DOUBT – a parable

11 Sep

DOUBT – a parable.

AW
aline waites

DOUBT a parable at the Southwark PLayhouse. *****

DOUBT – a Parable
By John Patrick Shanley
This riveting taut narrative is set in the sixties when homophobic prejudice was rife.  Sister Aloysius – the severe headmistress of a R.C.junior school in the Bronx, is positive that the charismatic priest, Father Flynn has actually fed communion wine to the only black child in the school before molesting him sexually and she wants to get Flynn exposed as a pederast.
The acting in this ‘parable’ is superb and the scene between Mrs Mullen, the boy’s mother and Sister Aloysius is probably one of the most exciting confrontations  I have ever seen. There is a completely spontaneous round of applause on her exit. Jo Martin plays this Mumsie lady with passion and the deepest love for her son. She wants him to have a good life and she has no battle with Flynn, her only desire is to get her boy to High School.  Sister Aloysius, played by Stella Gonet,  believes that what she is doing is completely correct and the will of God, although in the end she is capable of cheating to get her own way. This is yet another brilliant performance and the actress also gets a round of applause after her biggest scene. The young priest is perfectly cast and sympathetically played by Jonathan Chambers. He too is a character who believes in kindness and can admit that it is possible and forgivable to doubt the rightness of everything. The fourth character, played by Clare Latham is a young nun who loves teaching but who is beginning to be disenchanted by the older nun’s over strict attitude.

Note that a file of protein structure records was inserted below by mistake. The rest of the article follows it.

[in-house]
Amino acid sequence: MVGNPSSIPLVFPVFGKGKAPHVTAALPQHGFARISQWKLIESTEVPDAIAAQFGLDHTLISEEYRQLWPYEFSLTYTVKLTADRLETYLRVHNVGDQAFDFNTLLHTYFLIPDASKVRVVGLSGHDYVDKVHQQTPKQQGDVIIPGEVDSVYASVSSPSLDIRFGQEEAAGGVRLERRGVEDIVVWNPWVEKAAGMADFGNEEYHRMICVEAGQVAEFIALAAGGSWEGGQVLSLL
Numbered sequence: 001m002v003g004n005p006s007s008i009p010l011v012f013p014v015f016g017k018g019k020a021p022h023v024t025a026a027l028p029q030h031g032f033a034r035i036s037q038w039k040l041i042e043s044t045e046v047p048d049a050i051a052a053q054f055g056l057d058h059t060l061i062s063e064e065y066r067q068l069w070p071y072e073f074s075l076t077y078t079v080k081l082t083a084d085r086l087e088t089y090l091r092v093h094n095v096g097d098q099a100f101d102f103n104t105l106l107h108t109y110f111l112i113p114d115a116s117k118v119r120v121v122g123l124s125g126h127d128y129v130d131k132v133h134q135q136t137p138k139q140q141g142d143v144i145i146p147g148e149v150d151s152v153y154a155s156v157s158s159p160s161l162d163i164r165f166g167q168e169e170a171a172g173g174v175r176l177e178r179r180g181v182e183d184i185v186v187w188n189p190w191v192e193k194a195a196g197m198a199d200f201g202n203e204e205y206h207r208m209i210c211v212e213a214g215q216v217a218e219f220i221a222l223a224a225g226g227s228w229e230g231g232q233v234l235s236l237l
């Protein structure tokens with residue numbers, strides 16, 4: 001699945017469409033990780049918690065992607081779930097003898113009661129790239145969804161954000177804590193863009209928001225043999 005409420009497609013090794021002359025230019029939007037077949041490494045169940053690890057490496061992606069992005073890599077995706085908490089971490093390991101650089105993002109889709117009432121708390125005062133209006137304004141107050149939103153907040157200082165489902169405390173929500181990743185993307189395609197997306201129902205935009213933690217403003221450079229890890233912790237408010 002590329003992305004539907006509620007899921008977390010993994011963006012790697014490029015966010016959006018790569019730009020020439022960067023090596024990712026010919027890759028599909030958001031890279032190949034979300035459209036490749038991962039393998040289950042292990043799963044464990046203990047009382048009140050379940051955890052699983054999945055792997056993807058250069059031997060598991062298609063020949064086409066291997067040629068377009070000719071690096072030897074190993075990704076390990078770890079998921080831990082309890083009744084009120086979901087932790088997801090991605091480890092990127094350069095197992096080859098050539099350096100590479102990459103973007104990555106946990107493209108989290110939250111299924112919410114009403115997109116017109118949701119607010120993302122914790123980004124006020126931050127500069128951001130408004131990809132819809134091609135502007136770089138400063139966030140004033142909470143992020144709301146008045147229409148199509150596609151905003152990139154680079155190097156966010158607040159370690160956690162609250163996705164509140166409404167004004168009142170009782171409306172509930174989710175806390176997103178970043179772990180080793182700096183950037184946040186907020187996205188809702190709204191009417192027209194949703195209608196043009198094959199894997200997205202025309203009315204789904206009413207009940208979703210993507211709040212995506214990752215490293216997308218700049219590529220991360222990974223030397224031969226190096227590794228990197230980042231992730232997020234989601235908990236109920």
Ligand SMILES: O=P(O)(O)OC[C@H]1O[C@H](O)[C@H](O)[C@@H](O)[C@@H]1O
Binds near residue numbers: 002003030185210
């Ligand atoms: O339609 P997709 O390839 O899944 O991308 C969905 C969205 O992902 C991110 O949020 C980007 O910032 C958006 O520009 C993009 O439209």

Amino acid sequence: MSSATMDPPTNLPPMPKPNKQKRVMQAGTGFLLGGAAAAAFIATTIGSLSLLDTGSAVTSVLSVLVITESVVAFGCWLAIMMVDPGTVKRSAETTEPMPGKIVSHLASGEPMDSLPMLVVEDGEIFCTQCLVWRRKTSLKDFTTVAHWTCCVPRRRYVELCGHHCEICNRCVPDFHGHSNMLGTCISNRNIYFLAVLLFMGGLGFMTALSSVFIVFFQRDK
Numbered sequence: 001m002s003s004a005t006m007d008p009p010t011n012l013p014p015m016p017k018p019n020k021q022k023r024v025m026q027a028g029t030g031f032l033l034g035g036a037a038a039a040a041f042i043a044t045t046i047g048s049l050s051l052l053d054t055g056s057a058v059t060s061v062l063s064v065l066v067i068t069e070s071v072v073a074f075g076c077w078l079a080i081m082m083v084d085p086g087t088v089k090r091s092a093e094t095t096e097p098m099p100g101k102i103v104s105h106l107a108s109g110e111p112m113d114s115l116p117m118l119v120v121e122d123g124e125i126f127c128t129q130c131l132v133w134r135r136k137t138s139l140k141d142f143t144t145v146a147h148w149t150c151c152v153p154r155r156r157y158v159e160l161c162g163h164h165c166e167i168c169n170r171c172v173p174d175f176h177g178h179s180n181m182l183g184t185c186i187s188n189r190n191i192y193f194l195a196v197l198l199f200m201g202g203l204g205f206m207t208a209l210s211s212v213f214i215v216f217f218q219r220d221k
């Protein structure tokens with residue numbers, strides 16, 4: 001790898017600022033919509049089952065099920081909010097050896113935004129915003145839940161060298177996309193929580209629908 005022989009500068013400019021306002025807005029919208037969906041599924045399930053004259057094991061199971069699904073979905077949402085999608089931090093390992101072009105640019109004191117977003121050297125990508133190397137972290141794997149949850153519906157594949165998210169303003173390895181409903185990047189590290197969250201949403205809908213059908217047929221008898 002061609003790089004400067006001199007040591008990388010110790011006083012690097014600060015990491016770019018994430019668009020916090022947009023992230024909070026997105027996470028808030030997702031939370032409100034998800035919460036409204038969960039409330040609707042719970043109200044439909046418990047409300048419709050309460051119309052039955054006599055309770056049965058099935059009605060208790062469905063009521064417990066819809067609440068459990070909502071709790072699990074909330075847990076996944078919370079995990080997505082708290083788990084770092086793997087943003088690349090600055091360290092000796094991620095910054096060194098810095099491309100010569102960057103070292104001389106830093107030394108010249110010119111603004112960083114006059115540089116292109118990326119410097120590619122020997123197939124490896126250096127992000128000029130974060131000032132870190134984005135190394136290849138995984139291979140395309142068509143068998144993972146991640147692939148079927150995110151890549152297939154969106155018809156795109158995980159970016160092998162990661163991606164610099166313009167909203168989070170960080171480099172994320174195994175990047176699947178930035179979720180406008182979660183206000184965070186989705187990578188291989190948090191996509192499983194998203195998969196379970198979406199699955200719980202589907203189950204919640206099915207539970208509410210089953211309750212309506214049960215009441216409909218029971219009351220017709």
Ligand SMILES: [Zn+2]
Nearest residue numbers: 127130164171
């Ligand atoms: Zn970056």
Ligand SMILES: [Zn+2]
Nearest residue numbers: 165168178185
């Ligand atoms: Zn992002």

Designed by P J McEvoy, the set is composed of rostra with a central stage and steps on each side so that every scene is available to the audience.  The platforms have the look of jewels as they are cut out in shapes and have coloured lights underneath..  McEvoy has worked it out perfectly to adapt to the needs of the script.
 The beginning of the play sets up the antagonism between the two main protagonists by having them at opposite ends – just looking at each other while Flynn  gives his sermon .
Che Walker wonderfully directs, with high clarity, this is a play of great passion, diverse ethics – and above all –ambiguity. The play is exact and economical. There is not a word to spare in the entire script which is run without an interval.
This is an exceptional evening in the theatre.

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